Post by Dr. Julie Laity .
Ventifacts are rocks abraded and shaped by windblown particles, characterized by their distinctive morphology and texture (Laity, 1994). Many show one or more facets, separated by sharp keels that form through progressive planation by impacting sand grains (Laity and Bridges, 2008).
A facet is a relatively plane surface cut at right angles to the wind, regardless of the original shape of the stone. Facets often join along a sharp ridge or keel. Multiple facets may develop on a rock, related not only to winds from different directions, but also to the shifting and overturning of small ventifacts. Large boulders, which cannot be moved, provide excellent indicators of regional wind direction.
The ventifact shape and associated surface features depend on rock size, density and hardness, primary texture, and abrasion maturity (the degree to which the ventifact has developed, which depends in part on time). Hard, fine-grained rocks become faceted, with little roughness or feature variation. Heterogeneous, coarse-grained, or initially rough-textured rocks often develop pits, flutes, or grooves. Pits develop on high angle faces (close to 90°). Flutes develop from pits as the angle of the face lessens and the pit elongates and broadens (Sharp 1949). They may eventually cover most of the ventifact surface.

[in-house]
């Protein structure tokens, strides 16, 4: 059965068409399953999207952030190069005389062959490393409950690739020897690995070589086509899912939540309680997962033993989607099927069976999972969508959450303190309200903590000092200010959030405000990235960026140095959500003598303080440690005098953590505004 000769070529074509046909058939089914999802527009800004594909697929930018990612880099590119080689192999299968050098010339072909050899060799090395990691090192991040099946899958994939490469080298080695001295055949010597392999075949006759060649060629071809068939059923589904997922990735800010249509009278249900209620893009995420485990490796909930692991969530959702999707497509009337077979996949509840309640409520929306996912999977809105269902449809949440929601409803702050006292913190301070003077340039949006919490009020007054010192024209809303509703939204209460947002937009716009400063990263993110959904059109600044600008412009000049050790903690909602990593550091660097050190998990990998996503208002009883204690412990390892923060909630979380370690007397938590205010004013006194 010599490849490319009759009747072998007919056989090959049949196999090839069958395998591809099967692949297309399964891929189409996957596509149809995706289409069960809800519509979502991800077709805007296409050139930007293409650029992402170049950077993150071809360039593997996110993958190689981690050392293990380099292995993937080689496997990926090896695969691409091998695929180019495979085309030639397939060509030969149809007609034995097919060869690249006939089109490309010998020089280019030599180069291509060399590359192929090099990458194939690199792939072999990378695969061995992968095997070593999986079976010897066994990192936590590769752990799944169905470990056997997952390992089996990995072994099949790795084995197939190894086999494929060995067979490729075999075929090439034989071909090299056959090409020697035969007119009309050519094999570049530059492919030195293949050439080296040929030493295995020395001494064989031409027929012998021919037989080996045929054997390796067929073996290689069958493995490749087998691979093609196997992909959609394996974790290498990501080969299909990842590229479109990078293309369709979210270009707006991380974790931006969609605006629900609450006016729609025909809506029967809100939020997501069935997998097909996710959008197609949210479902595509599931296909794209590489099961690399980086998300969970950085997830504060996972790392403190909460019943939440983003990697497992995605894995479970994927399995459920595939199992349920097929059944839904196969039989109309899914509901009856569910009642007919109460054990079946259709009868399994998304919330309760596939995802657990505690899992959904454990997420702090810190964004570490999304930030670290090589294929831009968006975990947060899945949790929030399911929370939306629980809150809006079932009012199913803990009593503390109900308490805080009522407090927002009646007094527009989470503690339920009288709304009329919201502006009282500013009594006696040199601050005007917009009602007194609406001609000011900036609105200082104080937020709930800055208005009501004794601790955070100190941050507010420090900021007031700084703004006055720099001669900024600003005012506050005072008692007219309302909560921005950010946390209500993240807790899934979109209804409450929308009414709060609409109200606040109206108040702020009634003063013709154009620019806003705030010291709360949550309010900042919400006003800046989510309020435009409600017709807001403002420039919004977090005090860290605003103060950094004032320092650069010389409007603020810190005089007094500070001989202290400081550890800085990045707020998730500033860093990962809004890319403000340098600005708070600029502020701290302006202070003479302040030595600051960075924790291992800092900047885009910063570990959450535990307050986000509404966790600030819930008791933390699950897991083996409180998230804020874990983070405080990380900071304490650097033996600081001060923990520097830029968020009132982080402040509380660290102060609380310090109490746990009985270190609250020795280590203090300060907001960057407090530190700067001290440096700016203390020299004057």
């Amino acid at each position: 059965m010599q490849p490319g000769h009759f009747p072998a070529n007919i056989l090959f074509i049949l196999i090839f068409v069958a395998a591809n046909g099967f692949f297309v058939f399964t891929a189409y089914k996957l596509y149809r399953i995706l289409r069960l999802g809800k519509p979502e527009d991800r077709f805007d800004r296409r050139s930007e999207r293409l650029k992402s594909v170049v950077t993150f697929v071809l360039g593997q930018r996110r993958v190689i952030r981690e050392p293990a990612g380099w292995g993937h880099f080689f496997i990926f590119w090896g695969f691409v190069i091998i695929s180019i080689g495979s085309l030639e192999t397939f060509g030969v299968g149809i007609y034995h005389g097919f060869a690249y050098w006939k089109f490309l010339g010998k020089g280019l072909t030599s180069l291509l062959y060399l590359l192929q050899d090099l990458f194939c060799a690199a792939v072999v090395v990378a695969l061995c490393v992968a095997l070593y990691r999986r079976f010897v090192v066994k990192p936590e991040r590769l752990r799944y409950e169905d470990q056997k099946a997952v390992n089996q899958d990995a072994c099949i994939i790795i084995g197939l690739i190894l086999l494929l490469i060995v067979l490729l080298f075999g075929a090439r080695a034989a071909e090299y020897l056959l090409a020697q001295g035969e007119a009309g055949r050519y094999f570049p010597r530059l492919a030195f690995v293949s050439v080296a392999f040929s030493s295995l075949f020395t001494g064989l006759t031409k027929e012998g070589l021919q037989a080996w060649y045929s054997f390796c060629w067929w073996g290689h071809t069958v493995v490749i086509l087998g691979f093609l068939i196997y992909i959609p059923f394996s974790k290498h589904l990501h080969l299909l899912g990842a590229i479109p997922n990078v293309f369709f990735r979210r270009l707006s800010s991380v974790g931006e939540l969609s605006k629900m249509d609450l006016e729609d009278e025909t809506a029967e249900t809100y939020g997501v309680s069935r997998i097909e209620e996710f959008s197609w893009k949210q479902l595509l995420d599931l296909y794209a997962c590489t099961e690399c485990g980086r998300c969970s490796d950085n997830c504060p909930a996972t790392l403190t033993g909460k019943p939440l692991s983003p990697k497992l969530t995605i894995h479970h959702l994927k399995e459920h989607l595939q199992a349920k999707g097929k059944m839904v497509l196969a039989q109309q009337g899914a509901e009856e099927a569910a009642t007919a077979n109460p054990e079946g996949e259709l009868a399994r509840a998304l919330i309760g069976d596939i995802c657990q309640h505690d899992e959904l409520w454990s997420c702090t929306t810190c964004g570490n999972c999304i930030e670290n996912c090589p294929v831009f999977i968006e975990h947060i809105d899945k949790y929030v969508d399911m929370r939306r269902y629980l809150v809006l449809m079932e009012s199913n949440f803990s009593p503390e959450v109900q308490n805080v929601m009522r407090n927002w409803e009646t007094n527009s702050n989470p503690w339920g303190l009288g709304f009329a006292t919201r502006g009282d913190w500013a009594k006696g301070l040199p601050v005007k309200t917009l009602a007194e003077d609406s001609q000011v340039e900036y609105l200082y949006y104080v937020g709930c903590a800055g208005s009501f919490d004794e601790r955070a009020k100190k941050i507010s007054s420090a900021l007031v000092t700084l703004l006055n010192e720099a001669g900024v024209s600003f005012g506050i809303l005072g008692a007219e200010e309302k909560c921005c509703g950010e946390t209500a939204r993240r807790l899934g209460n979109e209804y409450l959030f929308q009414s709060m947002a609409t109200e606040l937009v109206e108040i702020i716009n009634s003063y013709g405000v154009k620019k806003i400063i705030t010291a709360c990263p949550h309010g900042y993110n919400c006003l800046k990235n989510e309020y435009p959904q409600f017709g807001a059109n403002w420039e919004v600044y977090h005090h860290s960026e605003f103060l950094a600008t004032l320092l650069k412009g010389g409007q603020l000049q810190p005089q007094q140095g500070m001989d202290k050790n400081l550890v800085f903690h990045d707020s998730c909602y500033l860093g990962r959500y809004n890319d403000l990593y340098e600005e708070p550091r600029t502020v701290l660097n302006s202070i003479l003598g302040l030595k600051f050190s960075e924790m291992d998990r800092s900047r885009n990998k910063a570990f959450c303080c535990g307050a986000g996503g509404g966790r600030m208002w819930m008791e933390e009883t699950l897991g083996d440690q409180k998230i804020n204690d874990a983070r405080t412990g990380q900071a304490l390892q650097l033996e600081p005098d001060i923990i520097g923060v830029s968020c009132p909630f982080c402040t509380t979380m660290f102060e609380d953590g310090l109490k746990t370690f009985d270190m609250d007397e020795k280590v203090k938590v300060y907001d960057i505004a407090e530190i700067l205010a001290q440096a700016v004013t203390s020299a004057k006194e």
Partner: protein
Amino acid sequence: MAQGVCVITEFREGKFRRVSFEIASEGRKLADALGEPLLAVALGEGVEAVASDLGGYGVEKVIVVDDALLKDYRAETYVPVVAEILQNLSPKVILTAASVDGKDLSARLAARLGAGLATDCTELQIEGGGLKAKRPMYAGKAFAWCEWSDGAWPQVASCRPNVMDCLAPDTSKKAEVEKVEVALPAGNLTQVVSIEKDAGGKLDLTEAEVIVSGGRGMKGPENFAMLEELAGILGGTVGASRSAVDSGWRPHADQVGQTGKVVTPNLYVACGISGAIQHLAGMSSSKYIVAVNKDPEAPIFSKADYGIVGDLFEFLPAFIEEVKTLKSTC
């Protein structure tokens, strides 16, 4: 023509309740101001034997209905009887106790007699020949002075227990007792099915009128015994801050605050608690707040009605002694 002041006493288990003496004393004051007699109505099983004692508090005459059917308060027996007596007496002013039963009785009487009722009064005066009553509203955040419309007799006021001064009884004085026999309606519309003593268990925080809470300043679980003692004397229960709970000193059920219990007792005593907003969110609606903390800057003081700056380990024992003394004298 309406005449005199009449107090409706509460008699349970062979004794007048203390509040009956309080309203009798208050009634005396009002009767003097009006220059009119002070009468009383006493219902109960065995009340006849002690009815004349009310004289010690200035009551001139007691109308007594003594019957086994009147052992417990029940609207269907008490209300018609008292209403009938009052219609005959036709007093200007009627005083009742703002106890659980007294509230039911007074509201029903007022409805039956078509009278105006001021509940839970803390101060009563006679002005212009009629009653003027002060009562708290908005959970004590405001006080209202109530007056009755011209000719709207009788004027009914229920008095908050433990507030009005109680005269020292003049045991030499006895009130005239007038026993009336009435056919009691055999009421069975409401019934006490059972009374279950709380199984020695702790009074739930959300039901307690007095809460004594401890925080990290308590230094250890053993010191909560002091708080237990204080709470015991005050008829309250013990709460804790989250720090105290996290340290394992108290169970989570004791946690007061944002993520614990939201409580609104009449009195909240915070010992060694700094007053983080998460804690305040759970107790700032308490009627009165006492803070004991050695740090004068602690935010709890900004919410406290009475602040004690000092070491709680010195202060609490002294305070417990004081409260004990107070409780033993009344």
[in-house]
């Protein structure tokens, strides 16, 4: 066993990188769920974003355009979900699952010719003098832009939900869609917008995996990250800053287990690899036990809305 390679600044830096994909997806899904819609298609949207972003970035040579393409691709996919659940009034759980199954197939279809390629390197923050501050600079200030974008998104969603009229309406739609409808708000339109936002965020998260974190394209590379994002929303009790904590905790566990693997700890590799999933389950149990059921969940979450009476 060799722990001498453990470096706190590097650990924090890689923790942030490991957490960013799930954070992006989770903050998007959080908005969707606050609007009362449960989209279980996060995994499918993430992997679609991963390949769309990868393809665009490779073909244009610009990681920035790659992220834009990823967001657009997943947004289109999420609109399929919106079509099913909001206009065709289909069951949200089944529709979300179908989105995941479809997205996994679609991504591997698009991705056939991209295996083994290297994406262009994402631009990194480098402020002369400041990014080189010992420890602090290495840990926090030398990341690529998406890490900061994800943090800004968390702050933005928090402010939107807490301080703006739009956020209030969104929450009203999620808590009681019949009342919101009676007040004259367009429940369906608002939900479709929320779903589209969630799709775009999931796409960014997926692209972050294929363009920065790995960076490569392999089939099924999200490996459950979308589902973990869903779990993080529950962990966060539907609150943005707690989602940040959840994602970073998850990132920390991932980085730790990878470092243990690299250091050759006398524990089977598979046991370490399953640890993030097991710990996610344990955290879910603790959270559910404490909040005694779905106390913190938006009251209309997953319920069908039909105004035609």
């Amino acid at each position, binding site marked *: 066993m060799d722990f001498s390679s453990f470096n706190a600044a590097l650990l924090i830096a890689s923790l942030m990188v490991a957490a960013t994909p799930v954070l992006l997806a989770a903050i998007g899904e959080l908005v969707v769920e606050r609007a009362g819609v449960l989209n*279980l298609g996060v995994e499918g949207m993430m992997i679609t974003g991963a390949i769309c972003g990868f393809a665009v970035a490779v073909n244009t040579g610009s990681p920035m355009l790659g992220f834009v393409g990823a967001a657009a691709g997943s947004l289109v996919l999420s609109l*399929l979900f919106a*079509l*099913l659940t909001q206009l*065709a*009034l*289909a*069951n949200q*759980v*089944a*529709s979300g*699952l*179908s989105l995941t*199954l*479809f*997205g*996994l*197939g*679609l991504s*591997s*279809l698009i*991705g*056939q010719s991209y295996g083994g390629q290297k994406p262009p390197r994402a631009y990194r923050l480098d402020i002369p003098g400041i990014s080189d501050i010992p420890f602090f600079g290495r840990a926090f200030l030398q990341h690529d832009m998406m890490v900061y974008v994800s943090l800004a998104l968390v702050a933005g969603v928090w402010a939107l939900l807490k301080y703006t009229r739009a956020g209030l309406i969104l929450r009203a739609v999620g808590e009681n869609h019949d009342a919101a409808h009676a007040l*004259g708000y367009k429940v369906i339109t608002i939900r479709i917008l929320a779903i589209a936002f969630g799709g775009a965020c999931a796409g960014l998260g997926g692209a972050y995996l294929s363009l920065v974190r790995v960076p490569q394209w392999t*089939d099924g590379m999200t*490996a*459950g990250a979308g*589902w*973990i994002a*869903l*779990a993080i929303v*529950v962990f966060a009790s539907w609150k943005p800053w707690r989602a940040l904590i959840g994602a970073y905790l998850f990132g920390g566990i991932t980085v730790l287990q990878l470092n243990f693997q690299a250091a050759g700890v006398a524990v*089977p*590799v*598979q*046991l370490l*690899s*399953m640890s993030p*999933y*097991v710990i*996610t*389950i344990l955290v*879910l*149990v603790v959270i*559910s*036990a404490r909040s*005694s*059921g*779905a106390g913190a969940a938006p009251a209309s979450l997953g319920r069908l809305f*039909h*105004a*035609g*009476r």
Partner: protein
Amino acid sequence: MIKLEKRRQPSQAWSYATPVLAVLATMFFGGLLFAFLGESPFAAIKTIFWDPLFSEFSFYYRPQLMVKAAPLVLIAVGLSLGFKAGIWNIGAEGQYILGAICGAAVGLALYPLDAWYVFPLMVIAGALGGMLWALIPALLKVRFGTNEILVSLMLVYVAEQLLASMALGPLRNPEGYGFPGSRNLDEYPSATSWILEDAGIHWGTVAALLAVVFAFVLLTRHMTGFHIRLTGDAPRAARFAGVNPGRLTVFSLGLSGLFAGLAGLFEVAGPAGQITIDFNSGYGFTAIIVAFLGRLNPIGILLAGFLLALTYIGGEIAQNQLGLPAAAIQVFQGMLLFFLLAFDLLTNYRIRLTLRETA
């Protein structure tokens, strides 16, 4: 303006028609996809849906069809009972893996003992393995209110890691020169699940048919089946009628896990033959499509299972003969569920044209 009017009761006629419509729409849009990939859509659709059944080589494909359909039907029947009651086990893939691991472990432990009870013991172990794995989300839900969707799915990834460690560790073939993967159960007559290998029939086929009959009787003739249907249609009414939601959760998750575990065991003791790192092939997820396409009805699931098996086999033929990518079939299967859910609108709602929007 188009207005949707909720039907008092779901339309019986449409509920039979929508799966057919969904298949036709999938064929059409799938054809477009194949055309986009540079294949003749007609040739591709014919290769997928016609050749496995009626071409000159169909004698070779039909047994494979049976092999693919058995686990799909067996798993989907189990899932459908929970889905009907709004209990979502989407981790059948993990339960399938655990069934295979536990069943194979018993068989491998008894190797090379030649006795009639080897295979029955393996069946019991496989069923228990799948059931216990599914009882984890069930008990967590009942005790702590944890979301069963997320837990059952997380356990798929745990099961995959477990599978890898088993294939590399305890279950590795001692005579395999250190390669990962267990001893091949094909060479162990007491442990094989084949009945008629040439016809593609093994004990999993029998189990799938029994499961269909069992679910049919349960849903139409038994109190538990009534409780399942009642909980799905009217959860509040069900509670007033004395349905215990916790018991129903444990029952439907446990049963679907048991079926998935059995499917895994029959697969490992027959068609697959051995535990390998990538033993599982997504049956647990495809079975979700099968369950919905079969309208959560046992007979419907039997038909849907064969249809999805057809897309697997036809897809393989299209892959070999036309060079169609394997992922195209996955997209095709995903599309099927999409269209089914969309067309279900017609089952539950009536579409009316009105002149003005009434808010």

On Earth, ventifacts develop in vegetation-free areas subject to frequent, high-speed, sand-laden winds. Thus, they are found in periglacial regions, along shorelines, and in deserts. Ventifacts on Mars are well developed and widespread as shown in images from the Mars Exploration Rover (MER) and earlier surface missions (Greeley et al., 2002; Thomson and Bridges, 2007). They provide invaluable markers of ancient winds and provide insight into climate and landscape modification.
Bridges, N. (2009) Ventifacts on Earth and Mars. IAG Planetary Geomorphology Working Group Featured Image, July 2009.
Greeley, R., Bridges, N.T., Kuzmin, R.O., Laity, J.E., 2002. Terrestrial analogs to wind-related features at the Viking and Pathfinder landing sites on Mars. Journal of Geophysical Research 107. Doi: 10.1029/2000JEE0011481 [Abstract]
Laity, J.E., 1994. Landforms of Aeolian erosion. In: Abrahams, A.D., Parsons, A.J. (Eds.) Geomorphology of Desert Environments. Chapman & Hall, London, pp. 295-391
Laity, J.E., Bridges, N.T., Ventifacts on Earth and Mars: Analytical, field, and laboratory studies supporting sand abrasion and windward feature development, Geomorphology (2008), doi:10.1016/j.geomorph.2008.09.014 [Abstract]
Sharp, R.P., 1949. Pleistocene ventifacts east of the Big Horn Mountains, Wyoming. Journal of Geology 57, 2, 175-195. [Abstract]
Thomson, B.J., Bridges, N.T., Greeley, R., 2008. Rock abrasion features in the Columbia Hills, Mars. Journal of Geophysical Research 113 (E08010). doi:10.1029/2007JE003018. [Abstract]
Viles, H. A., Bourke, M. C., Aeolian Features. In: M. C. Bourke, H. A. Viles, Eds.), A Photographic Atlas of Rock Breakdown Features in Geomorphic Environments. Planetary Science Institute, Tucson, 2007, pp. 6-22. [Abstract]